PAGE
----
Immunohistochemistry showed that FRBE treatment could impact pro-collagen synthesis in the cell. In response to UV exposure, a reduction in pro-collagen protein was detected by staining the cells (Fig. 4a). However, the pro-collagen staining analysis showed that FRBE increased collagen synthesis in fibroblasts after UV irradiation, and this increase occurred in 0.5 and 1% FRBE. These results indicate FRBE treatment could be used to increase collagen expression in human skin fibroblasts (Fig. 4).

Fig. 4
figure 4

Immunohistochemical staining of pro-collagen in skin fibroblasts culture (a No UV-irradiation, b UV-irradiation, c As-2p treatment after UV-irradiation, d 0.1% FRBE treatment after UV-irradiation, e 0.5% FRBE treatment after UV-irradiation, f 1% FRBE treatment after UV-irradiation). Original magnification: 100, scale bar 200 μm

To evaluate the effect of FRBE on UV-B induced inflammation, we chose to study the baseline and UV-modulated production of IL-1α in culture media. The secretion of IL-1α was 7.5 ± 0.2 pg/mL in the non-UV-irradiated cells, but the level of IL-1α was 11.5 ± 1.0 pg/mL in the UV-irradiated cells. The IL-1α content was 9.8 ± 0.3 pg/mL in the As-2P-treated cells, but 8.8 ± 0.2 pg/mL in the 0.1% FRBE-treated cells, 9.0 ± 0.9 pg/mL in the 0.5% FRBE-treated cells, and 8.9 ± 0.2 pg/mL in the 1.0% FRBE-treated cells. FRBE treatment reduced the UV-B-induced release of IL-1α, which appeared to recover to values found in non-irradiated controls (Fig. 5).

Fig. 5
figure 5

Effect of FRBE on the secretion of IL-1α in skin fibroblasts exposed to UV-B radiation at 30 mJ/cm2 (n = 6). Data are expressed as mean ± SD of six samples (*P < 0.05)

To determine whether FRBE inhibited the expression of MMP-1 induced by UV-B, fibroblasts were irradiated with UV-B (30 mJ/cm2) and incubated with or without FRBE. Pro-MMP-1 increased approximately fourfold in cells irradiated by UV-B without FRBE treatment as compared to non-irradiated cells. However, cells irradiated by UV-B and treated with FRBE experienced a decrease in pro-MMP-1 (Fig. 6a). In addition, western blot analysis found a decrease of MMP-1 expression in FRBE-treated cells (Fig. 6b).

Fig. 6
figure 6

Effect of FRBE on a the secretion of pro-MMP-1 (n = 6), and b the expression of MMP-1 in fibroblasts exposed to UV-B radiation at 30 mJ/cm2. Data are expressed as mean ± SD of six samples (*P < 0.05)

Some investigators suggest that ERK serves as an anti-inflammatory signal that suppresses expression of NF-kB-dependent inflammatory genes by inhibiting IKK (IkB kinase) activity in cells [26]. In our previous study, the effect of the FRBE on ERK activation was analyzed by measuring the phosphorylated form of ERK (p-ERK). The level of p-ERK (the activated form) increased until 60 min after treatment, and it gradually returned to the base level [25]. Therefore, we hypothesized that the ERK pathway is related to a decrease of IL-1α and MMP-1 expression.

In this study, we found that FRBE can increase the synthesis of pro-collagen while inhibiting the synthesis of MMP-1 in cultured dermal fibroblasts. In addition, we found that FRBE can reduce UV-induced inflammation by decreasing IL-1α, a known inducer of MMP-1 production.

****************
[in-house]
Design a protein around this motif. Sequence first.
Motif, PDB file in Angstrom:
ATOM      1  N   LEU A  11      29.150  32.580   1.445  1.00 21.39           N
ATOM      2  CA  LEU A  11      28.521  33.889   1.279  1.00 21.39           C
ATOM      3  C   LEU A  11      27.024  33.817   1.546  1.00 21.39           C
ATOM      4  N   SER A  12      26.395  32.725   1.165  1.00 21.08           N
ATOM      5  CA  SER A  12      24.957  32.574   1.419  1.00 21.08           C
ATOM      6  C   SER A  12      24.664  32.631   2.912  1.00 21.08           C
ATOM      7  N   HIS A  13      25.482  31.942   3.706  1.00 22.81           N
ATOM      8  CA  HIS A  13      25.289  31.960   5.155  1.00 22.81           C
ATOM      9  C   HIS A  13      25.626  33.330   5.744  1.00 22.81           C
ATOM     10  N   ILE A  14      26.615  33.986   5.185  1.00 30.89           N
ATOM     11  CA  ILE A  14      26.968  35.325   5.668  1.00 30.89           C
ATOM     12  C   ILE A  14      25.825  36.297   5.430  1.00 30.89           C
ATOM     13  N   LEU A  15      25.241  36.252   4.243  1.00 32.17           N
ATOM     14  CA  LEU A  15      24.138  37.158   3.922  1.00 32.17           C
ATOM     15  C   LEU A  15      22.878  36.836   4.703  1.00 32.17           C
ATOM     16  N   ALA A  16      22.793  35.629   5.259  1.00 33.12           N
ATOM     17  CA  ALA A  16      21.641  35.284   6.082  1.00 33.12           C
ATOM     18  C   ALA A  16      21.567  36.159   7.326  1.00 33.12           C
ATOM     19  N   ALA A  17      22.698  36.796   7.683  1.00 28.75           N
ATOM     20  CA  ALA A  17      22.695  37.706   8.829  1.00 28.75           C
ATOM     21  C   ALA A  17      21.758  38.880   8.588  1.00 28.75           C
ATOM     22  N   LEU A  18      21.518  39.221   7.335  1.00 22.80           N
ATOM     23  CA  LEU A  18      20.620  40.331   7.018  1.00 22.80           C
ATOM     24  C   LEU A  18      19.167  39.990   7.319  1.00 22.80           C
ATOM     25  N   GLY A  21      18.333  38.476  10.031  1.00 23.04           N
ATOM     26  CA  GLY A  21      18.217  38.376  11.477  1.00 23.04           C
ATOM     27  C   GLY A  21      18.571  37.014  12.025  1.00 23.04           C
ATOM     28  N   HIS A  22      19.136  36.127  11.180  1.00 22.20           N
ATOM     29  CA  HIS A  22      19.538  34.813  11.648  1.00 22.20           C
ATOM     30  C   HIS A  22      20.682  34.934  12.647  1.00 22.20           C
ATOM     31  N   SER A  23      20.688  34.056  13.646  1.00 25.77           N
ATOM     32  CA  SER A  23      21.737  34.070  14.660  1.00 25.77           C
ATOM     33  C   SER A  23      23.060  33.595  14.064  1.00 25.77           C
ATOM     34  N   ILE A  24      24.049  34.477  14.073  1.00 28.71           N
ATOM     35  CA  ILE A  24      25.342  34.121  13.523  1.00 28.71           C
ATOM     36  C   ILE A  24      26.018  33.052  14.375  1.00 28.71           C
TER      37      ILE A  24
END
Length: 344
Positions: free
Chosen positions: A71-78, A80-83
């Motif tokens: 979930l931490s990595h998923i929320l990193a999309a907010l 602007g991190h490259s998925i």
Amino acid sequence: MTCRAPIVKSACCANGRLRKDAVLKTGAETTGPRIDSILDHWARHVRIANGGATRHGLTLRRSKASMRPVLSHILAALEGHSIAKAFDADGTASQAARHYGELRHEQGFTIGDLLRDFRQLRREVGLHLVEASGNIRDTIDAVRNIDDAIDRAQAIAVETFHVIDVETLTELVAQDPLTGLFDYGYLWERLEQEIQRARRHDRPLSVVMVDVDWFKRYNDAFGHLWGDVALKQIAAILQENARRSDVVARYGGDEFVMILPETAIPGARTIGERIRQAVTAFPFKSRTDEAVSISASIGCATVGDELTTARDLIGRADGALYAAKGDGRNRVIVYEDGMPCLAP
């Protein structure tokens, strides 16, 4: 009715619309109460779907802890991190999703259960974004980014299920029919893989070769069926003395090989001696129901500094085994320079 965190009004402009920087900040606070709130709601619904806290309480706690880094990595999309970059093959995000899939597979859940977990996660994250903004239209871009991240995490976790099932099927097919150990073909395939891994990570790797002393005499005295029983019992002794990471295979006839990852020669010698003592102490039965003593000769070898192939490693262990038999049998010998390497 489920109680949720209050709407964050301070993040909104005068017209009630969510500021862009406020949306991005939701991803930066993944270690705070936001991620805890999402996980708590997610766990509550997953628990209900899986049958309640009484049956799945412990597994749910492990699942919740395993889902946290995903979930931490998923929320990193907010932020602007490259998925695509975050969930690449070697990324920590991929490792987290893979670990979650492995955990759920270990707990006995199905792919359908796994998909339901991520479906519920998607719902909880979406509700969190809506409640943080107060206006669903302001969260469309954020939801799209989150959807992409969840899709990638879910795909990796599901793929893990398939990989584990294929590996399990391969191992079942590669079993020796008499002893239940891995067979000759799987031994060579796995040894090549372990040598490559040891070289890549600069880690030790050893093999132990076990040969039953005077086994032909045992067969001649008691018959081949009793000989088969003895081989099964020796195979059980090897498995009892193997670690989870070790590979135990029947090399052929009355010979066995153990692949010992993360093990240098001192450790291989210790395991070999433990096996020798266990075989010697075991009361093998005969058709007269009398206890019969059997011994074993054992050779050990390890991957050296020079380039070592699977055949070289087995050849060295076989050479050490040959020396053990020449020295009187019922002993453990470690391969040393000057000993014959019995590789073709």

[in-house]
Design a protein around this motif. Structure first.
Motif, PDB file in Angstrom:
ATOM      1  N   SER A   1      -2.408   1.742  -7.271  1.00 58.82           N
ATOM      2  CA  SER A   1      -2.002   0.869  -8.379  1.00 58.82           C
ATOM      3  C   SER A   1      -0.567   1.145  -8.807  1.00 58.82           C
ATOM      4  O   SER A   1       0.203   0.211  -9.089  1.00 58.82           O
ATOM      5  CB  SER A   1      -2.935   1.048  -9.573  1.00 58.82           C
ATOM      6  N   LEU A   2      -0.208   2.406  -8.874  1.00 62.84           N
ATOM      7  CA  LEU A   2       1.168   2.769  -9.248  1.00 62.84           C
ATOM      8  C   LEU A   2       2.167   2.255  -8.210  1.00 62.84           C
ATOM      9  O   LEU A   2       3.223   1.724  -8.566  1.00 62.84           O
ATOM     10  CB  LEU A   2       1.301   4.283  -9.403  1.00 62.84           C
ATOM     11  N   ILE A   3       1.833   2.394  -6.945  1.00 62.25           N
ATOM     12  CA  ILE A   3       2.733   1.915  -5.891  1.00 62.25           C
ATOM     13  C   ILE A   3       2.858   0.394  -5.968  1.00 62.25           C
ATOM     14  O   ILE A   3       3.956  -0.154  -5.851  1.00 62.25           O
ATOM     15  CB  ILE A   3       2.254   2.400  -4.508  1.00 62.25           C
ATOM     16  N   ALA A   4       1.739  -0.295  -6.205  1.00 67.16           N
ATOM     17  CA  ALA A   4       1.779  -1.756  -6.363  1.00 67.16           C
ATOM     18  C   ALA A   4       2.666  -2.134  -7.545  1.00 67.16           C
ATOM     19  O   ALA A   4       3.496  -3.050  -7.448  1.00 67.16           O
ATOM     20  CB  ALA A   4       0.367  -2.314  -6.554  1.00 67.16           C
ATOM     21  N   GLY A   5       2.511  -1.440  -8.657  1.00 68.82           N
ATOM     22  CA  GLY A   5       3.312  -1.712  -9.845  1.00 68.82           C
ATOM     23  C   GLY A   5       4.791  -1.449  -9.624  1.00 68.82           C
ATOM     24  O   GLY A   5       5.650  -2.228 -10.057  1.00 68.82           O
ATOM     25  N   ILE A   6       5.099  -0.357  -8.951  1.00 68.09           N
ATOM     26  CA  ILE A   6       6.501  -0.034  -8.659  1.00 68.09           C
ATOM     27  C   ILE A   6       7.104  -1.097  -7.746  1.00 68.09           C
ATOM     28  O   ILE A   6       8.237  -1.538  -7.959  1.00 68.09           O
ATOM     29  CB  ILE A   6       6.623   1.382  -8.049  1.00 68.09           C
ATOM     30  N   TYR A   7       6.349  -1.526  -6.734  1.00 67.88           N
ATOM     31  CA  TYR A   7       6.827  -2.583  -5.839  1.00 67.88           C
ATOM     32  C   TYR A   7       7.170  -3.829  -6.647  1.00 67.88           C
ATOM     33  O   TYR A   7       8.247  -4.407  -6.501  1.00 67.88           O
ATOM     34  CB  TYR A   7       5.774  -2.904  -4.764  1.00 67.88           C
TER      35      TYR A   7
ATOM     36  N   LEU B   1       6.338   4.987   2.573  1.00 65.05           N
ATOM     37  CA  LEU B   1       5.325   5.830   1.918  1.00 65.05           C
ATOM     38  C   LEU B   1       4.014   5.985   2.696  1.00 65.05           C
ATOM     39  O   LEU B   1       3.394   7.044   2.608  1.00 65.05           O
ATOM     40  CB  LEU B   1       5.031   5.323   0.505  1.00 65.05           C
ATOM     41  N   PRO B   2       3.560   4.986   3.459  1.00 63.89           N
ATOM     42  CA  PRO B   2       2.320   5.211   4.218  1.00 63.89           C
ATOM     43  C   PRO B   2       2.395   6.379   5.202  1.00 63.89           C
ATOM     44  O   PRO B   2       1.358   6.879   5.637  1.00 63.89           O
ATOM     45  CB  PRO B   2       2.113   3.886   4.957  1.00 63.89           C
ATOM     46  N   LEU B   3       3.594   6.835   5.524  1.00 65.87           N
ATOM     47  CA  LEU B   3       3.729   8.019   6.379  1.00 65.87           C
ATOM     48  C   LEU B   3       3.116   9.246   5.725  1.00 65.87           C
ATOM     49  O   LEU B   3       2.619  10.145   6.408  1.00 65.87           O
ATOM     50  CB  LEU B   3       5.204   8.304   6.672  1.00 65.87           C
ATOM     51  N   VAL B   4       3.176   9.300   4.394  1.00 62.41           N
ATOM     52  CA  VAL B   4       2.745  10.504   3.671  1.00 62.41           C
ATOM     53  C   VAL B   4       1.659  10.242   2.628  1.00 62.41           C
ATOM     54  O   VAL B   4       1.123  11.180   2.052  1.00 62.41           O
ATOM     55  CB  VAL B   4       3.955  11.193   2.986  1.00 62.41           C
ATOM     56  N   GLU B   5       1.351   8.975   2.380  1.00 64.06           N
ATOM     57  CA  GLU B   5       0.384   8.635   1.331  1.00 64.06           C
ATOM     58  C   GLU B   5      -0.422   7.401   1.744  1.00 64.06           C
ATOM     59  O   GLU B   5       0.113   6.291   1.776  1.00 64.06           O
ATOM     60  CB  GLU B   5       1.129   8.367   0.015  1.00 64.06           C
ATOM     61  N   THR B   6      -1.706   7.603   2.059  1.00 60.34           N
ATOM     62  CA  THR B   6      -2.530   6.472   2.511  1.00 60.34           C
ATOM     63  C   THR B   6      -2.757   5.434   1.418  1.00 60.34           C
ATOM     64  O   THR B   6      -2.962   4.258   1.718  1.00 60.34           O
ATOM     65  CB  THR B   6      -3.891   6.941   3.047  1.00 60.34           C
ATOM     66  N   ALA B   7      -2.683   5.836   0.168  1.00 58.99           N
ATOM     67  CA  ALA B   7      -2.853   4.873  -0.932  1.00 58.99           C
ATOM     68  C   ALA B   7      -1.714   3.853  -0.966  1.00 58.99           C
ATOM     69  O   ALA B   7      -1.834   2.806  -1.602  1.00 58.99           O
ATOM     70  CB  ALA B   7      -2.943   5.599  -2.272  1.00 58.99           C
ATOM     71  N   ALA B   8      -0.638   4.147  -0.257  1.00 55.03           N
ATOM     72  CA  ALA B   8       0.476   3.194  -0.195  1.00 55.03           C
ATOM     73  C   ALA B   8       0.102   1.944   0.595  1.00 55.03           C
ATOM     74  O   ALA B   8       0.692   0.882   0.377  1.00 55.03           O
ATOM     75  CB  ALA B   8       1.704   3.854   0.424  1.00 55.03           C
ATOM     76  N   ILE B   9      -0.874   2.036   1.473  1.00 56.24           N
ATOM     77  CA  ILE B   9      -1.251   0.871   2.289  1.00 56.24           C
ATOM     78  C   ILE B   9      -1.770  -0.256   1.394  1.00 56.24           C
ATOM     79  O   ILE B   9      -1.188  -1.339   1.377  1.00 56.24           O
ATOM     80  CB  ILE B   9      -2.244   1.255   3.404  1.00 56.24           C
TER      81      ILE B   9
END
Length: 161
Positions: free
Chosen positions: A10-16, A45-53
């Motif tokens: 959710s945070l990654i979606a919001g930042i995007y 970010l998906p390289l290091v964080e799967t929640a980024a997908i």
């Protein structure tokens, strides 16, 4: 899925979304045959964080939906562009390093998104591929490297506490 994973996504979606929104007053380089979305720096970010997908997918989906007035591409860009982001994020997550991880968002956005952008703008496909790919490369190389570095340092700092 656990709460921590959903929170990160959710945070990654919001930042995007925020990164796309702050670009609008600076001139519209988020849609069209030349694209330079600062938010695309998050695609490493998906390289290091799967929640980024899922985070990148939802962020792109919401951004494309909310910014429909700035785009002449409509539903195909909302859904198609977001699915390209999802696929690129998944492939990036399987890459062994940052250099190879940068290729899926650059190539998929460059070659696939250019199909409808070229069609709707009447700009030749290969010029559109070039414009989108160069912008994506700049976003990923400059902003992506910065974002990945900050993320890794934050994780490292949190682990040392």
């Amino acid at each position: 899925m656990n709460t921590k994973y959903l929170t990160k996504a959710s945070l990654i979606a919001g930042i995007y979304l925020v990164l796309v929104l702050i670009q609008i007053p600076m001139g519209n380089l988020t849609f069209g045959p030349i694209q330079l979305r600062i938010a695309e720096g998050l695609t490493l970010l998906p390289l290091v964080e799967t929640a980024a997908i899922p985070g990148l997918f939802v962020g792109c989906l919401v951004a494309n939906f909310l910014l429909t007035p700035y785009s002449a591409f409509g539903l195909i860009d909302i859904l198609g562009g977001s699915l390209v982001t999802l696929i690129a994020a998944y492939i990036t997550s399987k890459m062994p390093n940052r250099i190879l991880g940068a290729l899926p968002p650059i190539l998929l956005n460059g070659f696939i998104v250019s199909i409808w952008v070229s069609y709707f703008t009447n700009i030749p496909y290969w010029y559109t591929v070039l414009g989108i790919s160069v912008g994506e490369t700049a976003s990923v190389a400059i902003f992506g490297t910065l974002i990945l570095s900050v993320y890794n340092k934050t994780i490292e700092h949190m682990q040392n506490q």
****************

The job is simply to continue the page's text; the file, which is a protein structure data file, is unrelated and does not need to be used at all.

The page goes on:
Previous papers have demonstrated the effects of Jacquez grape wine extract (JW-E) on the UV-induced release of inflammation mediators using a 3D epidermal skin model. Pre-treatment with JW-E reduced the UV-induced release of IL-1α and PGE2 to values found in non-irradiated controls [27]. We postulated that the effects of FRBE may be due to its anti-oxidant activity. Rice bran contains various lipids, proteins, vitamin B, essential amino acids, tocopherols, tocotrienols, and polyphenolic compounds (e.g. ferulic acid, p-coumaric acid) [11, 28, 29]. Exposure to UV radiation generates reactive oxygen/nitrogen species resulting in oxidative damage to tissue. These events can lead to diseases related to UV-radiation, such as irritation or sunburn, photoallergy, immunosuppression, and photoaging. Ferulic acid affects stable phenoxyl radical formation and thereby potentiates its ability to terminate free radical chain reaction [9]. Indeed, Ferulic acid may be an important antioxidant that preserves the physiological integrity of cells exposed to both air and increased UV radiation. Compared to untreated controls, ferulic acid exhibited a greater than 60% inhibition of UV-induced oxidation in erythrocytes and low-density lipoprotein (LDL) while maintaining normal glutathione levels and peroxidase activity in hemolysate from erythrocytes exposed to UV radiation [30]. Ferulic acid can further reduce the production of macrophage inflammatory protein-2 (MIP-2) and TNF-α in a mouse macrophage cell line stimulated by lipopolysaccharide (LPS) [31]. Moreover, Ferulic acid significantly inhibited the release of pro-inflammatory factors such as NO or TNF-α, and it inhibited the proliferation of spleen cells induced by mitogens such as phytohemagglutinin (PHA) and concanavalin A (Con A) [32].

Anthocyanins and cyanidin, extracted from tart cherries, also have proven anti-inflammatory properties; they reduce the activities of prostaglandin endoperoxide H synthease-1 and -2 (PGHS-1, PGHS-2). The PGHS-1 and PGHS-2 enzymes can convert arachidonic acid to PGs [33]. Cyclooxygenase (COX) is an important enzyme in the biosynthesis of pro-inflammatory prostaglandins (PGs), and ferulic acid derivatives decreased COX-2 promoter activity [34] and simultaneously inhibited the release of TNF-α [35]. We believe that such a mechanism may be related effect of FRBE.

This study demonstrates that FRBE has potential as an anti-aging agent by stimulating collagen synthesis, decreasing IL-1α levels, and decreasing MMP-1 expression in skin fibroblasts. Furthermore, we suggest that the anti-aging activities of FRBE might be the result of an ERK signaling pathway, as observed in our previous study. Based on these observations, further animal studies are necessary to determine if FRBE can prevent photoaging.